There are a few faults with the film, and I'd admit that some people's criticisms are valid. In particular, the film could achieve the same effect without the inclusion of Midge Wood (Barbara Bel Geddes). I felt that her role to show Scottie's loss of innocence was redundant, and the film would have been more thrilling had her part been cut out. That being said, this is still one hell of a film that exemplifies Hitchcock's mastery of suspense. I must also note that the film is well-crafted enough that neither the existence of Midge nor Gavin Ester (Tom Helmore)'s convoluted plot to kill his wife distracted from the suspense of the movie. And that's how Hitchcock (as well as other well-crafted thriller) movies should be rightly judged.

9/10 (Amazing)
Enjoyability: High
"I used to think the worst thing in life was to end up all alone. It's not. The worst thing in life is ending up with people who make you feel all alone." - Lance Clayton (played by Robin Williams), World's Greatest Dad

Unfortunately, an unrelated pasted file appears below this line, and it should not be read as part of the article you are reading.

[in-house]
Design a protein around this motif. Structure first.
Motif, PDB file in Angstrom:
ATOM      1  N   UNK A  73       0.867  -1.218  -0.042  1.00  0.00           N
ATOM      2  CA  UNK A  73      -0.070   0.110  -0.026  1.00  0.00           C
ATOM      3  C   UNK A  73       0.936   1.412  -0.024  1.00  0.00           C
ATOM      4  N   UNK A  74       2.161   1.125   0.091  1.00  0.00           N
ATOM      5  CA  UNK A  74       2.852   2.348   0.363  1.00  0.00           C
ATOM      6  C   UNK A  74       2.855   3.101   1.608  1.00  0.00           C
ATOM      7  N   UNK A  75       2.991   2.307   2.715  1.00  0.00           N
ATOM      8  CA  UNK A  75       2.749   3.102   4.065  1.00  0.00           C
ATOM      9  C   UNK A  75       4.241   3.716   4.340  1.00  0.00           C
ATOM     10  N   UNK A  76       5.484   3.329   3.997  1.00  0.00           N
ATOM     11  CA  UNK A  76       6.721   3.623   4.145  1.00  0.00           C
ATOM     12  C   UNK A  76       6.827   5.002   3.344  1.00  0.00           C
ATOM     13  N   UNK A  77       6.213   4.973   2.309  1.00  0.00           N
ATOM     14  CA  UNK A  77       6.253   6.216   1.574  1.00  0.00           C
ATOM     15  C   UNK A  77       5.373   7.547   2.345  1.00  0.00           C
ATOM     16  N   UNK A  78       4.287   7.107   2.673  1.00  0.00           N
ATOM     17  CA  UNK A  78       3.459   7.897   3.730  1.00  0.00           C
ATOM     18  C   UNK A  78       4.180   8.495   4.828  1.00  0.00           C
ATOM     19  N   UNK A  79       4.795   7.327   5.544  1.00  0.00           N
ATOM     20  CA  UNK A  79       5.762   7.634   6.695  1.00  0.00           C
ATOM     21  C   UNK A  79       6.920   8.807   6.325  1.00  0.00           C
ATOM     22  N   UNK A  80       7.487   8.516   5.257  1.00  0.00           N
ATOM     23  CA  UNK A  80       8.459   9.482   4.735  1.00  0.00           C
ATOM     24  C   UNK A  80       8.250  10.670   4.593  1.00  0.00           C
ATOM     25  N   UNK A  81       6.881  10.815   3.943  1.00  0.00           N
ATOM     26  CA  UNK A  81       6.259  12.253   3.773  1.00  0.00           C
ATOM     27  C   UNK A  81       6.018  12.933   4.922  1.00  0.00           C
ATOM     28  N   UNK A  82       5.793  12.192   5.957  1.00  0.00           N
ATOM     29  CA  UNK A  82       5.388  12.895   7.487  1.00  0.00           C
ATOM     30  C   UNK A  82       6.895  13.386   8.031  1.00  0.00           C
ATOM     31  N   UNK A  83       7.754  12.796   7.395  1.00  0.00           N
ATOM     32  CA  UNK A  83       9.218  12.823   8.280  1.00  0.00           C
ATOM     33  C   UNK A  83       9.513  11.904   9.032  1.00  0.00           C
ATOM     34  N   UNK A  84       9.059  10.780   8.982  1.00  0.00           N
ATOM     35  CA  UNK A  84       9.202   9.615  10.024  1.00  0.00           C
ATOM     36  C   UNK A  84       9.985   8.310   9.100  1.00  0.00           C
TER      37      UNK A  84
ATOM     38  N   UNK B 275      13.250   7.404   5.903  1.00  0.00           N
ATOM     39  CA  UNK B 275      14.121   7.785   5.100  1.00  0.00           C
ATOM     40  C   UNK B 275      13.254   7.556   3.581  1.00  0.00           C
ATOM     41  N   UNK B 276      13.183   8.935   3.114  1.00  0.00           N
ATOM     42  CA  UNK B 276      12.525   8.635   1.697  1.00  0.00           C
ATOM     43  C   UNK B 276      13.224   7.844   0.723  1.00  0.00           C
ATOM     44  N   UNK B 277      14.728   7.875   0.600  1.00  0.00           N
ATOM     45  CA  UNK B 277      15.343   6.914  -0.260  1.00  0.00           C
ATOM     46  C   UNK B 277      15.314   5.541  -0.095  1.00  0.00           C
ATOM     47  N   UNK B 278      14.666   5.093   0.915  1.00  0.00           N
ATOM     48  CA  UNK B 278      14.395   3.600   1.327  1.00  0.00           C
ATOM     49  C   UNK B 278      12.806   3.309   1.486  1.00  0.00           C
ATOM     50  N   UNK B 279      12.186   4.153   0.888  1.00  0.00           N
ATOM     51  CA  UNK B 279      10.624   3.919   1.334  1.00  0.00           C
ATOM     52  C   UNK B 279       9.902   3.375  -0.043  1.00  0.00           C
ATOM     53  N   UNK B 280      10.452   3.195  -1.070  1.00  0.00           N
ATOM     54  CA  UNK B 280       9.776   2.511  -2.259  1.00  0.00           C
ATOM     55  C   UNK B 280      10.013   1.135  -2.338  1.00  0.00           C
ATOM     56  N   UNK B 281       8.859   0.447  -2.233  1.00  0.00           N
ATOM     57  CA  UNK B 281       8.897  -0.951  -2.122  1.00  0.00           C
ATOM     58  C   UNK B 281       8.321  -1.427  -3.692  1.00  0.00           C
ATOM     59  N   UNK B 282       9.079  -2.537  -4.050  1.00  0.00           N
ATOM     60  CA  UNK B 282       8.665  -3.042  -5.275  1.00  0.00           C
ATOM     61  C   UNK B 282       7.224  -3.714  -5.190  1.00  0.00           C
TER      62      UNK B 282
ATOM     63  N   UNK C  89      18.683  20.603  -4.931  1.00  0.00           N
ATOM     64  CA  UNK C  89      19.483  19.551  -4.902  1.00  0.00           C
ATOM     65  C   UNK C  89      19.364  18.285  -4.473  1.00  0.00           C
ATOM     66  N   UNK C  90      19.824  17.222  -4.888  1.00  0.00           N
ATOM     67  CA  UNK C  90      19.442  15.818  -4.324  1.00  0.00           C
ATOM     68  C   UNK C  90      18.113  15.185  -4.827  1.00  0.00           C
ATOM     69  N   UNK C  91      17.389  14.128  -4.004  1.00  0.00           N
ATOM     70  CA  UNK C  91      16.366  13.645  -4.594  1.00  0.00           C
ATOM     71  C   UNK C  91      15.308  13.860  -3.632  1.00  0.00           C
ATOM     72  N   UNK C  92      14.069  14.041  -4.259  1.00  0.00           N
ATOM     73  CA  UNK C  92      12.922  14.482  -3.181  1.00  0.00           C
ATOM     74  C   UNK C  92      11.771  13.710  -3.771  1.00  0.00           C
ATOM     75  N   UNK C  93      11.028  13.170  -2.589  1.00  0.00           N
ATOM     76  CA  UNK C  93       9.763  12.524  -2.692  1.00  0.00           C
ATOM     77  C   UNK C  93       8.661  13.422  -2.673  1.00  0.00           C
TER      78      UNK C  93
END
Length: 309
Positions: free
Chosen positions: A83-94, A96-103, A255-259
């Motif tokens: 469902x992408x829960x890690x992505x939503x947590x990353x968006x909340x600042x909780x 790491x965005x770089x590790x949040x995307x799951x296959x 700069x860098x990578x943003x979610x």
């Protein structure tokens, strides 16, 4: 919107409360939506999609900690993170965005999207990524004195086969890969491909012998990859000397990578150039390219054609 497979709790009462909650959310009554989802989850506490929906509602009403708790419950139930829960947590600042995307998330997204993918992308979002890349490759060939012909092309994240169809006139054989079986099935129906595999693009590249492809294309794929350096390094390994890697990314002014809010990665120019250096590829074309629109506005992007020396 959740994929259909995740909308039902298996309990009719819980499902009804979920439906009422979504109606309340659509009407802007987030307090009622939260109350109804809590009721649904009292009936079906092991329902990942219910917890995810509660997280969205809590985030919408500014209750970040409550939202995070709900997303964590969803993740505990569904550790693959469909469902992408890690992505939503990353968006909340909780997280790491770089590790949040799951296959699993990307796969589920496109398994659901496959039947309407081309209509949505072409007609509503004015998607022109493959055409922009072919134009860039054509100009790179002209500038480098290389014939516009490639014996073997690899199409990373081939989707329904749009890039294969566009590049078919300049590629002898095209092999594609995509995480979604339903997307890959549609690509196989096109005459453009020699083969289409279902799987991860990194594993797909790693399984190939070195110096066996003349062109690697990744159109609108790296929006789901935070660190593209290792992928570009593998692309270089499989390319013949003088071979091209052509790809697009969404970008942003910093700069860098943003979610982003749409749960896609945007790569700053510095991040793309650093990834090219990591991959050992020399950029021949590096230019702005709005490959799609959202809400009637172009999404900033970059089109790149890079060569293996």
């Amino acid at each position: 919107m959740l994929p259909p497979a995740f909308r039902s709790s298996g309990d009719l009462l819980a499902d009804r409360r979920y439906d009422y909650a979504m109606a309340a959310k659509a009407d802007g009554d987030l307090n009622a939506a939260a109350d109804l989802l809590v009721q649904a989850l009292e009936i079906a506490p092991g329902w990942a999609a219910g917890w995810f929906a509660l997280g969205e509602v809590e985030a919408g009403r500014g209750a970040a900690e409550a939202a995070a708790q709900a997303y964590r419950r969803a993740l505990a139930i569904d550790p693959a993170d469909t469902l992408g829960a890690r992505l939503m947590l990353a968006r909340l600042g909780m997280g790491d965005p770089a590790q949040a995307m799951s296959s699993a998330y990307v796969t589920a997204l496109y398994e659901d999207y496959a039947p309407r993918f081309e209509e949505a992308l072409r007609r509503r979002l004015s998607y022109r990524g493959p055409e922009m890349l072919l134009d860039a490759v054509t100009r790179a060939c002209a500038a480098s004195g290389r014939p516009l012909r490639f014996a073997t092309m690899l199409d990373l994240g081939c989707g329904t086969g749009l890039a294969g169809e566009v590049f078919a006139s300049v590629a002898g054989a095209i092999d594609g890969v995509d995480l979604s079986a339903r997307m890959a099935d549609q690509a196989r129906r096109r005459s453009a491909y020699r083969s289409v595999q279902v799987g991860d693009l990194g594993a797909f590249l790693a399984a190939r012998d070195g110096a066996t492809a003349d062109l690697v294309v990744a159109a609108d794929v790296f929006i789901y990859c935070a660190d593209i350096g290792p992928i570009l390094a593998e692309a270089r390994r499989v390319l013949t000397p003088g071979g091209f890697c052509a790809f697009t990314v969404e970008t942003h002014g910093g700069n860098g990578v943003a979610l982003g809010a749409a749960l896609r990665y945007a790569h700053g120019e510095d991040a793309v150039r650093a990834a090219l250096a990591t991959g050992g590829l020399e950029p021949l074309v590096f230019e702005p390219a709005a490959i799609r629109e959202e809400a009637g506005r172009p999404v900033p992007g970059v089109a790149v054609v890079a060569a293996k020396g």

Eternally seeking variety. 'Tis the spice of life for me.

Paul Phoenix

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Re: Paul Phoenix's List of Shame
« Reply #219 on: April 01, 2016, 06:59:19 PM »
Haven't updated this thread in a while.


(Oct 22nd, 2015)

It's not bad. It's realistic, and the characters' morality are greyed out.

I've seen better, more entertaining Spielberg though. Watching this makes me miss the Indiana/Jaws days of Spielberg, the days when he could wow you with a spectacle.

3.5/5
Enjoyability: Low
"I used to think the worst thing in life was to end up all alone. It's not. The worst thing in life is ending up with people who make you feel all alone." - Lance Clayton (played by Robin Williams), World's Greatest Dad

Eternally seeking variety. 'Tis the spice of life for me.